Bira soon took the lead, his standing-start lap accomplished at 82.16mph, Villoresi not far behind, Chiron third, hard-pressed by Parnell’s Maserati.
The foul weather did not agree with Villoresi’s Maserati, and changing carburettor jets and blanking off the radiator proved no cure, but the soaked, grimy and disconsolate Luigi pressed on, changing plugs as required, but not smiling as he had been before the start; he had some consolation, a fastest race-lap of 90mph, before the rain really set in. Parnell was the first to retire, with an unwilling petrol pump. Then Abecassis’ Alta stopped for good with back axle derangement, Le Gallais’ Talbot lost top gear, and Chiron was troubled by a locking rear brake. Heath was a frequent visitor to his pit with the Alta, which Bira had lapped. Bira made a very neat pit stop, getting out of the car while it was being refuelled, and Holgate was putting a wet finger on the plugs to see if any wished to be replaced.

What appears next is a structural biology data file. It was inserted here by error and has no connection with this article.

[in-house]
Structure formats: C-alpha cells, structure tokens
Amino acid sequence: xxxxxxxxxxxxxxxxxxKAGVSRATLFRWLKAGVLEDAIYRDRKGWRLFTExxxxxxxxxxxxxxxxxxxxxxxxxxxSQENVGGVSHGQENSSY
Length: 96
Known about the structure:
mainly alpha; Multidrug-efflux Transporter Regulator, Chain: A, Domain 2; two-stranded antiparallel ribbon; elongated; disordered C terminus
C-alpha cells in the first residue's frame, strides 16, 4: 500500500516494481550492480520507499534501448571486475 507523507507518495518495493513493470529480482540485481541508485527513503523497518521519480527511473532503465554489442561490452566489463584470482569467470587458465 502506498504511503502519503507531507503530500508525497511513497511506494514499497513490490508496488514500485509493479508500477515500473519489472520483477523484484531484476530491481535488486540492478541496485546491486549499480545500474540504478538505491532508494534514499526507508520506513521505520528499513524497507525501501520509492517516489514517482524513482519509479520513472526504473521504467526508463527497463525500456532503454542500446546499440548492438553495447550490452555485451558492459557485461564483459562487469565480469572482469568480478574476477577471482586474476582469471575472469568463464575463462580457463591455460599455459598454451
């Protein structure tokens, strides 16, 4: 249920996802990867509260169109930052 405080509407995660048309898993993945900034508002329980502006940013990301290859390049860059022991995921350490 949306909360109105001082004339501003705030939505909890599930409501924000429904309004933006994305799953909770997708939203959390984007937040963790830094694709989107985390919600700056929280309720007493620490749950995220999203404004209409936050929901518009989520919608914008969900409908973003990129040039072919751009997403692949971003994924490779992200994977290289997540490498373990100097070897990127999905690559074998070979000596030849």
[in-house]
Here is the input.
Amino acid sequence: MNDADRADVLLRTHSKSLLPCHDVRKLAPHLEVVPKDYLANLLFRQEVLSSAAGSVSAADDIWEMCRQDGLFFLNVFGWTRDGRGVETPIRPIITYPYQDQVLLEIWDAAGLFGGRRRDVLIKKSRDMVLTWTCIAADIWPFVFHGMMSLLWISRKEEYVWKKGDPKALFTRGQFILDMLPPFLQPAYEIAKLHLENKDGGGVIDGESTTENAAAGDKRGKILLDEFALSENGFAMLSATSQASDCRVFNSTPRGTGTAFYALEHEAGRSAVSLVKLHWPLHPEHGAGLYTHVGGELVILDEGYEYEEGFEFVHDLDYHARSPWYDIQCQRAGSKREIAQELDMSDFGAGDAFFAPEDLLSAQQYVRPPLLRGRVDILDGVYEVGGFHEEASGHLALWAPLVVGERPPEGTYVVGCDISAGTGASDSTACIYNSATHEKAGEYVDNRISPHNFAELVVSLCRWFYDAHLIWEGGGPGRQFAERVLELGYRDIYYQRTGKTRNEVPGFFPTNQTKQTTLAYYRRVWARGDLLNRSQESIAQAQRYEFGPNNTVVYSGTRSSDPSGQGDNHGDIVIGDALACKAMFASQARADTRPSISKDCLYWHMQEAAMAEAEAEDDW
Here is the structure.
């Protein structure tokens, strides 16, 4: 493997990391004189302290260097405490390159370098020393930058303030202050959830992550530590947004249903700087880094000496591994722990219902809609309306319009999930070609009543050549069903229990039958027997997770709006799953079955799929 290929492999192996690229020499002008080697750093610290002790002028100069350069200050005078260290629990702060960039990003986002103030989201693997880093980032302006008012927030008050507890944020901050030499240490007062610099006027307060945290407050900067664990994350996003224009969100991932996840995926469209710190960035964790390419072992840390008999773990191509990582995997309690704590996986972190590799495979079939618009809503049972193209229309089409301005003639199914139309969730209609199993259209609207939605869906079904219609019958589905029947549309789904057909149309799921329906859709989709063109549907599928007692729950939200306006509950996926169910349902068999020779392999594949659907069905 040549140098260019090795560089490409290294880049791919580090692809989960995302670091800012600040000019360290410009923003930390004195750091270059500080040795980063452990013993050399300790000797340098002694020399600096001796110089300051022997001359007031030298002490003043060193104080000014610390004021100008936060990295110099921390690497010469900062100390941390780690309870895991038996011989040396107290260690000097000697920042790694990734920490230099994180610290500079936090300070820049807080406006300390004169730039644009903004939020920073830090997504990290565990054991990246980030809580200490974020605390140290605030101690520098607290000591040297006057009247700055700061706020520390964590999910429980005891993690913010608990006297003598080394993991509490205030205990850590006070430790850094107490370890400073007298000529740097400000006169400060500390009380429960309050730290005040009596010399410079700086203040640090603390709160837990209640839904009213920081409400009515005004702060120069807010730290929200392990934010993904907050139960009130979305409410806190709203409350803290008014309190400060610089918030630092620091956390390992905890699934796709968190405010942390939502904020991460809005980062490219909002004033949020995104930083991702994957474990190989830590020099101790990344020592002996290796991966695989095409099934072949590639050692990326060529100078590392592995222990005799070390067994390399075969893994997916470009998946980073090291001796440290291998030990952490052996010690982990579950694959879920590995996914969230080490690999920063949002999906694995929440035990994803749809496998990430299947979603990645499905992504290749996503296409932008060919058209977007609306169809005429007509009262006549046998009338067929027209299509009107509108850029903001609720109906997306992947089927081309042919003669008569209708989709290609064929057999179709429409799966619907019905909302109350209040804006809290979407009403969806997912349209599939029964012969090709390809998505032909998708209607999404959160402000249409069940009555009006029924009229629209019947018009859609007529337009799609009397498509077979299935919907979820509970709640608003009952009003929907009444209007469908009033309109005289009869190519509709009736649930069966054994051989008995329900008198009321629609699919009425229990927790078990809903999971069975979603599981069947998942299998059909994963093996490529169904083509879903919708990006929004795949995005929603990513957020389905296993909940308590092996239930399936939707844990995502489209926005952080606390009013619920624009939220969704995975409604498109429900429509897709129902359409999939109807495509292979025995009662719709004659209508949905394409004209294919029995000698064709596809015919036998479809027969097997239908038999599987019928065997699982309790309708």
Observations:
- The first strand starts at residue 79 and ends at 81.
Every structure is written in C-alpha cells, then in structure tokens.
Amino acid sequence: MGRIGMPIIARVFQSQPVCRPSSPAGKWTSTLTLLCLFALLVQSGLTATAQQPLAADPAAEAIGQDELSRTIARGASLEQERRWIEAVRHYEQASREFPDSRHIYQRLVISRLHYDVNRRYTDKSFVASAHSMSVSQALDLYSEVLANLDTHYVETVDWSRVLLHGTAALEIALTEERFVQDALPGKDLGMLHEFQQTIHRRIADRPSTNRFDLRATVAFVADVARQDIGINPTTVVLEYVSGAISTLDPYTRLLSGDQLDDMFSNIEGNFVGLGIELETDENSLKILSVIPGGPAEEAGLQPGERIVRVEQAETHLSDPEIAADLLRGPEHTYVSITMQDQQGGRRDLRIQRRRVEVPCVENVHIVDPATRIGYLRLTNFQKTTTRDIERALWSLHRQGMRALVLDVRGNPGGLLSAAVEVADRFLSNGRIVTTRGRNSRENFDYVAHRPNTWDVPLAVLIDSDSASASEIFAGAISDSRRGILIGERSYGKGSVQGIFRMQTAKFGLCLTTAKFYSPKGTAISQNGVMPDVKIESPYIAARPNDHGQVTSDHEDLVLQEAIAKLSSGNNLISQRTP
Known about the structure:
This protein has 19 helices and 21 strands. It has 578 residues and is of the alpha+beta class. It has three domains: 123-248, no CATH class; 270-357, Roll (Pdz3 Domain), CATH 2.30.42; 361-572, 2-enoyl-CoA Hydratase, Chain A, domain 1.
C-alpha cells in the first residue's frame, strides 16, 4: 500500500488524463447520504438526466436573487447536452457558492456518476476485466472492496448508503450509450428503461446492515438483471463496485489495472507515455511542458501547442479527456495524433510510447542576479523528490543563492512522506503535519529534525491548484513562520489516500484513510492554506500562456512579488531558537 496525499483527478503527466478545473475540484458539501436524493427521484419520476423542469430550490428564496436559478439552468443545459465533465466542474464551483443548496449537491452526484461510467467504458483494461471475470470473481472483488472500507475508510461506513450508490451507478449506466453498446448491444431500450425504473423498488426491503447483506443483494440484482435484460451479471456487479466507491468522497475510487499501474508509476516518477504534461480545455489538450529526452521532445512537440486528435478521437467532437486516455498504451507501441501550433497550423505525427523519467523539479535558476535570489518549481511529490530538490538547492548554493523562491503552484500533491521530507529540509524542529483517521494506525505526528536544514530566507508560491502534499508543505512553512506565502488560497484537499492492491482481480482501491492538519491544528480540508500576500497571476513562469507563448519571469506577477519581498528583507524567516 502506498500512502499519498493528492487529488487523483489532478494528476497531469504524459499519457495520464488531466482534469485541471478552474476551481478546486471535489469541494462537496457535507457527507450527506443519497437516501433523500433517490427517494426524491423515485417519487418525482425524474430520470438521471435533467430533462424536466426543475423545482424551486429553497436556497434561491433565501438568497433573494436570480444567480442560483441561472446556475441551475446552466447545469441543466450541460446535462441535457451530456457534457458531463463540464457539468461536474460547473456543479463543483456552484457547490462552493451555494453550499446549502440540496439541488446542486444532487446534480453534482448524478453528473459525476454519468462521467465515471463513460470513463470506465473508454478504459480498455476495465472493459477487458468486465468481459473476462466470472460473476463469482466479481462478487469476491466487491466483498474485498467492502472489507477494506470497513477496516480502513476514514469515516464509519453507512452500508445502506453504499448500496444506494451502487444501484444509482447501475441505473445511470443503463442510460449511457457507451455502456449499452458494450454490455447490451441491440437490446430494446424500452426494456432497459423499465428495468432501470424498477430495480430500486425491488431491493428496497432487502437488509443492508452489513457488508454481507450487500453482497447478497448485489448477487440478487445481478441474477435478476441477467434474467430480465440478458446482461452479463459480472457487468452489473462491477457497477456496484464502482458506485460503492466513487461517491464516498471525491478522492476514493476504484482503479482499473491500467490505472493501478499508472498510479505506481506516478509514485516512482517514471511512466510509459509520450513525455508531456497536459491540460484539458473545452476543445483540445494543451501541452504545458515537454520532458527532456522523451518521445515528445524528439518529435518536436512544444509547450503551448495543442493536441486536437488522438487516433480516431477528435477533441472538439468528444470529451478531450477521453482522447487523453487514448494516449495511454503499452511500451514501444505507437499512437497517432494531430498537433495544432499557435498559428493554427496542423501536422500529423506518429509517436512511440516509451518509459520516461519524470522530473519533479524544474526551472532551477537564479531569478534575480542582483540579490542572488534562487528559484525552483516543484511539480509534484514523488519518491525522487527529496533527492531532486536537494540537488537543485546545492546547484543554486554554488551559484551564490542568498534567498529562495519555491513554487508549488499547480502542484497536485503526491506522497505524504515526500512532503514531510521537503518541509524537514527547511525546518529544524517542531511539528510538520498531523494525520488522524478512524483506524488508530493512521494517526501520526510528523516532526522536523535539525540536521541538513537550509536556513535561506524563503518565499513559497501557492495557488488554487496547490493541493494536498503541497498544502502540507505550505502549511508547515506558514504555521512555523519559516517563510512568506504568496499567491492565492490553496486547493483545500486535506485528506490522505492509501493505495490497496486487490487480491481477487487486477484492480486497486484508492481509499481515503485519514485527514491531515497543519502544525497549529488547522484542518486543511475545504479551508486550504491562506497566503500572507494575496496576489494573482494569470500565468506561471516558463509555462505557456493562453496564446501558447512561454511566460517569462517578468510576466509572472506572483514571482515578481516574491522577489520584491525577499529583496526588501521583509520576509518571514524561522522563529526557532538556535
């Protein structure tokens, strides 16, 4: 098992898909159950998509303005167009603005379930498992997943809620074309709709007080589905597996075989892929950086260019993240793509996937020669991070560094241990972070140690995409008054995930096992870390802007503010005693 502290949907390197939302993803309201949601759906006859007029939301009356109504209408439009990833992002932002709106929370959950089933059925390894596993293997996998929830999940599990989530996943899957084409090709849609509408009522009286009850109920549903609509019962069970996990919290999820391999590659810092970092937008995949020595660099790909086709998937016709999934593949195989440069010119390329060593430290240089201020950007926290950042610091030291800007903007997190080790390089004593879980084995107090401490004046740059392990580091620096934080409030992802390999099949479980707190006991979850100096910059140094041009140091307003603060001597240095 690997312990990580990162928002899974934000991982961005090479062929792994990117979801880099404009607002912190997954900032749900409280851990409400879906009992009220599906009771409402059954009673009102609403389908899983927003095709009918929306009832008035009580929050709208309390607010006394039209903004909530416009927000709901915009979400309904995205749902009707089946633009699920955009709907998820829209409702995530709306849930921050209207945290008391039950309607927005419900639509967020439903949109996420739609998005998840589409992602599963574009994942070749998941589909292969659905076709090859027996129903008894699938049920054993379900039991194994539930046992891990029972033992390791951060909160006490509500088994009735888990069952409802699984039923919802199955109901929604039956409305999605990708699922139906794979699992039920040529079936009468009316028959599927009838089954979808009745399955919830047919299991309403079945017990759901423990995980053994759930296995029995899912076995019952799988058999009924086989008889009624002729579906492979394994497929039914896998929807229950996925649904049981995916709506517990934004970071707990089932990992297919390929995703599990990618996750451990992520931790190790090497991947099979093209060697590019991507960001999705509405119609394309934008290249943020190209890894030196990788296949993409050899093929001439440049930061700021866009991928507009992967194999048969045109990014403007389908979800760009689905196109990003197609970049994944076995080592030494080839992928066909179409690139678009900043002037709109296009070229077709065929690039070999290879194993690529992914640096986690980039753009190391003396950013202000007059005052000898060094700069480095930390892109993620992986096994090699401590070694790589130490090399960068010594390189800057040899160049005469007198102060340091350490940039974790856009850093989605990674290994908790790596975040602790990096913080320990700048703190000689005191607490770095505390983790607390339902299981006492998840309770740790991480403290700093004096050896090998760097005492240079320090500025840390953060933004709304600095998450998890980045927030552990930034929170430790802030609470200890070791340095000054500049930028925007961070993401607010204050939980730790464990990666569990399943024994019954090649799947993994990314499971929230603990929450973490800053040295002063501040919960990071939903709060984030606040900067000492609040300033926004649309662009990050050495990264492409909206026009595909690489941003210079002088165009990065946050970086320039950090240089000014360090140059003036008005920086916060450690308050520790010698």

With 25 very slippery laps gone Bira led at 82mph but at its stop on lap 29 Gerard and de Graffenreid both went by, Gerard with a C-type fuel tank in his old ERA R14B to ensure another non-stop race and now leading by some 600 yards. Hamilton’s Maserati stopped with a hole in the radiator, Mays took fourth place from Bolster when the latter’s twin-Jamieson blower ERA was stopped with a damaged valve.
So the miserable race ran to a close, Gerard getting round at nearly 77mph in the trying conditions. He crossed the finishing line after 2hr 16min 58.6sec, an average speed of 77.10mph , to receive with a smile a very large winner’s cup. De Graffenreid was second, in 2hr 18min 39.2sec (76.16mph), Raymond Mays third in his well-known sprint 1 1/2-lite ERA R4D, in 2hr 19min 25.8sec. Next home were Bira, Ashmore and Villoresi in the three Maseratis, followed by Whitehead’s Ferrari, Hampshire’s ex-Bira Maserati, R E Ansell’s Maserati, David Murray’s Maserati, G Ansell’s Wade-supercharged ERA, R9B, and the Alta.
So popular, steady Bob Gerard had vanquished five 4CTL two-stage Maseratis and a Ferrari. Villorrsi, much fancied, lost a total of around seven minutes during his four pit stops and no doubt returned to Italy to speak a trifle unkindly of the weather in Jersey, noting that the winning average for this 1949 race was just 10.23mph slower than Gerard accomplished the year before…